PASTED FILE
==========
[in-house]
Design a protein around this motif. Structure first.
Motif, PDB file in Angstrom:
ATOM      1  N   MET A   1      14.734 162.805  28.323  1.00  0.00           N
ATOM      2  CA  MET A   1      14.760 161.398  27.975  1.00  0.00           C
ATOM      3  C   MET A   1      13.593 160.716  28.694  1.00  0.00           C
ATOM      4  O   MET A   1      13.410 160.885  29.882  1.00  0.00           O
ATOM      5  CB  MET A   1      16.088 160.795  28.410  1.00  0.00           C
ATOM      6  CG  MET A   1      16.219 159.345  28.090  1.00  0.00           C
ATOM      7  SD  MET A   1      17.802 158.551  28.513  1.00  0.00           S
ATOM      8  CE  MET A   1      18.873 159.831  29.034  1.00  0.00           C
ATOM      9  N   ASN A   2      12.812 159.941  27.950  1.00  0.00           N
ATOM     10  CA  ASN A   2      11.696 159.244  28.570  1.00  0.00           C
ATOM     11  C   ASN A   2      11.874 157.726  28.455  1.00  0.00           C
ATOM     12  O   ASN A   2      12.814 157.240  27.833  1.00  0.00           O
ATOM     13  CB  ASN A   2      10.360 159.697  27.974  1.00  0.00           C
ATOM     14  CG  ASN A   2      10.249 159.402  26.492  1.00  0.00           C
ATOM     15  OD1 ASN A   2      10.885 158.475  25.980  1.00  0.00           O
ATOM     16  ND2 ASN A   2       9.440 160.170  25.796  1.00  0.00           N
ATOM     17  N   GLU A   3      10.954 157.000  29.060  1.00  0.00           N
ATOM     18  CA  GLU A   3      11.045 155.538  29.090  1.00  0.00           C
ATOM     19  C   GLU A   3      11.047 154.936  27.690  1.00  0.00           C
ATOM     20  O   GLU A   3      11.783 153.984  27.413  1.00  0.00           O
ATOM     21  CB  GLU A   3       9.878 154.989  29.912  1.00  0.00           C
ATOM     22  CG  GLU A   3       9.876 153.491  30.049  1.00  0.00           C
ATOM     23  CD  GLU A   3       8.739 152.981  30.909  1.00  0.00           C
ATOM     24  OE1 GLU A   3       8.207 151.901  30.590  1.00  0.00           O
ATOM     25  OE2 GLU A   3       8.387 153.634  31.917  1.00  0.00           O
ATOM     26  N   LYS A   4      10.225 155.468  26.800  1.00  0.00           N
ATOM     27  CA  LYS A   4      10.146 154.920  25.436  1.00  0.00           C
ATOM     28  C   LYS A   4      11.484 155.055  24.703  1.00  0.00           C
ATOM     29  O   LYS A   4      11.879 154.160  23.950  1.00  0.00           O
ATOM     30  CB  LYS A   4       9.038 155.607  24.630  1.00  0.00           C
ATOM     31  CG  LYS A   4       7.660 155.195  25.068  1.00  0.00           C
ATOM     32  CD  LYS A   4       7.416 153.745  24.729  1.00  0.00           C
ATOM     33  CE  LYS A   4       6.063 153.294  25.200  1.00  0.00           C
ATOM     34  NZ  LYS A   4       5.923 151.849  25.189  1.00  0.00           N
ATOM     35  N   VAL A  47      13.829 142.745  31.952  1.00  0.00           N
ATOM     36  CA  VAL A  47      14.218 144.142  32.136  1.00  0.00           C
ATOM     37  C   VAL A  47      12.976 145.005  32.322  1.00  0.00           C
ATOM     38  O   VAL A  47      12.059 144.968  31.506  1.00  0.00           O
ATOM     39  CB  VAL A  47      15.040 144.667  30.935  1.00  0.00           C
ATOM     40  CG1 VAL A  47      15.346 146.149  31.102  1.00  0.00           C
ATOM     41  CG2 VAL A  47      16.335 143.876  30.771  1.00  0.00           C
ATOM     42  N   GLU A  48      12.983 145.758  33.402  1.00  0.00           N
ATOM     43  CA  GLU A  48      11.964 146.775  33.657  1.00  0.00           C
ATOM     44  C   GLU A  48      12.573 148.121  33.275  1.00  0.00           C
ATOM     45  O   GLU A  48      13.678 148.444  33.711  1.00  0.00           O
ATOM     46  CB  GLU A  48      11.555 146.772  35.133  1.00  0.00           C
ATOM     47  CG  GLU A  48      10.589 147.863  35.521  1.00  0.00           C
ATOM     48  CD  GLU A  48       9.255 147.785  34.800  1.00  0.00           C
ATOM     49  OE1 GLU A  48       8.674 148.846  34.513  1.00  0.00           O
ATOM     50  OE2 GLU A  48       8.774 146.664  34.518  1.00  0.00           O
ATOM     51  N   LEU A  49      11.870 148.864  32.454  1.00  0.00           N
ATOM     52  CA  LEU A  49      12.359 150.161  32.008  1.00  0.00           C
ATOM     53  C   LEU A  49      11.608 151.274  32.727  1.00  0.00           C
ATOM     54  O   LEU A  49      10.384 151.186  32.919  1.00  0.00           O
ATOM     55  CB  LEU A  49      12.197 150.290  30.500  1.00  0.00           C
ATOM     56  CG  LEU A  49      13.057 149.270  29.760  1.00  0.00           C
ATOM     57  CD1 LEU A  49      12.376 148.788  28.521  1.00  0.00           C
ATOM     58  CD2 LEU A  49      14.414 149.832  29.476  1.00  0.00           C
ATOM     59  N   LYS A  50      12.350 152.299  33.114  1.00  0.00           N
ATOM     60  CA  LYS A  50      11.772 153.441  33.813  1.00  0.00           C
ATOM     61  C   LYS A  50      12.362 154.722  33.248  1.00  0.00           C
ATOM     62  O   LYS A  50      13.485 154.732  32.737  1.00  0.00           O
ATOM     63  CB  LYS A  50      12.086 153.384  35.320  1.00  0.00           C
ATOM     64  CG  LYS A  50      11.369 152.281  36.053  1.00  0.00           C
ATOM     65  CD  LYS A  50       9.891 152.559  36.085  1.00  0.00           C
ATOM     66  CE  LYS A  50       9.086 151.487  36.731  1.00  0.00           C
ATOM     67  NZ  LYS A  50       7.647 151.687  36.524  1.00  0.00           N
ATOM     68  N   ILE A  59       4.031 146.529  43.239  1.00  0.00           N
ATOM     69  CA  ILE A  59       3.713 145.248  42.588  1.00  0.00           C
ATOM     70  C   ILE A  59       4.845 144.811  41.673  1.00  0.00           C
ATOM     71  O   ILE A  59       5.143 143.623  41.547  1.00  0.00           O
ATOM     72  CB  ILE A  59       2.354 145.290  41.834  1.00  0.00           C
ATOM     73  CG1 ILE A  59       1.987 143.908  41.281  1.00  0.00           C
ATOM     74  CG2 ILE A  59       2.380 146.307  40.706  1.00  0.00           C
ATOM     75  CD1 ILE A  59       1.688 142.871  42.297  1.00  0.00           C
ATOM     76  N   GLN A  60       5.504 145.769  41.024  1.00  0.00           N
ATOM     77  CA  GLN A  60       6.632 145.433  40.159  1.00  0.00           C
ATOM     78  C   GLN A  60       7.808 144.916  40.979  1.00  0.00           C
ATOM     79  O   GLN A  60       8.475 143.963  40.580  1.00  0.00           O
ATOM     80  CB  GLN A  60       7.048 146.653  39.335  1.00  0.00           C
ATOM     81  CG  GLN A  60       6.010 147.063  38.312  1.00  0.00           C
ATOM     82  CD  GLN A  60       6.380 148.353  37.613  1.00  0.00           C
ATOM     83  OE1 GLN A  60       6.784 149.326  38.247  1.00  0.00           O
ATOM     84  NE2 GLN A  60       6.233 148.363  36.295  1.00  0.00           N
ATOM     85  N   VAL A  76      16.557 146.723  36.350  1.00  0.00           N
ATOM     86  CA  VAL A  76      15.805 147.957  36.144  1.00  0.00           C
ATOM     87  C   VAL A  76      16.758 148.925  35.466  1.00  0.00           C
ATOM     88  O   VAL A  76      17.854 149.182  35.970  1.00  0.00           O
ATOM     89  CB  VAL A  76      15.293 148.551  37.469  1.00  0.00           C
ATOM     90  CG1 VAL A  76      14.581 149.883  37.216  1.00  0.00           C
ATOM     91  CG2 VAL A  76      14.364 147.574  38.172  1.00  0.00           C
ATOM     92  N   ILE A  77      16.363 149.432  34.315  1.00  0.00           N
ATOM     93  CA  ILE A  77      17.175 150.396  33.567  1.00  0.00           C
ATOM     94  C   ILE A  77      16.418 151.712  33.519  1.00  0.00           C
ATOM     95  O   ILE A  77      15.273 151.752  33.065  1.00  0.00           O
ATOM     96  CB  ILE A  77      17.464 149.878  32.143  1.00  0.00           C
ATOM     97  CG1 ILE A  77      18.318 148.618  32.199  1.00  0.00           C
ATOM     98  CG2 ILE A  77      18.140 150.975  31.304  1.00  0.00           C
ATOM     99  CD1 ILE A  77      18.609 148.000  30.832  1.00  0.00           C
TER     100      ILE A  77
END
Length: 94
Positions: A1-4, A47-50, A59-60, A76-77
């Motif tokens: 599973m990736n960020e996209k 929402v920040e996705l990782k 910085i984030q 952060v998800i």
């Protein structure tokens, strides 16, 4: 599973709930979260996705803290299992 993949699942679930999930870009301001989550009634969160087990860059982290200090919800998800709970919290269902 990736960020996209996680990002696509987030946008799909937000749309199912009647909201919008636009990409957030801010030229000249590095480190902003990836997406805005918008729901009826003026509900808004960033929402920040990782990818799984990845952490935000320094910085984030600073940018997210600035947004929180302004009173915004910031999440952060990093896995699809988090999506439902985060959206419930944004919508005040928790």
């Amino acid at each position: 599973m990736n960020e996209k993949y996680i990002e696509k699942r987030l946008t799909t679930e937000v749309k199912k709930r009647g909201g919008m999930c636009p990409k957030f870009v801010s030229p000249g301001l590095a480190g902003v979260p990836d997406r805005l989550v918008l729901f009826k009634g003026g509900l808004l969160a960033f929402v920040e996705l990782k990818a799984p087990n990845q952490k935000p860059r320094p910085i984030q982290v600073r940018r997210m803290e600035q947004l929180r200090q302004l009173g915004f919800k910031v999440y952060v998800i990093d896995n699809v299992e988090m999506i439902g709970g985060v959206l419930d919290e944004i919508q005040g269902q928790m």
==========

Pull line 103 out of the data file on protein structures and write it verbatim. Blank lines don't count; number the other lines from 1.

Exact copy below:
TER     100      ILE A  77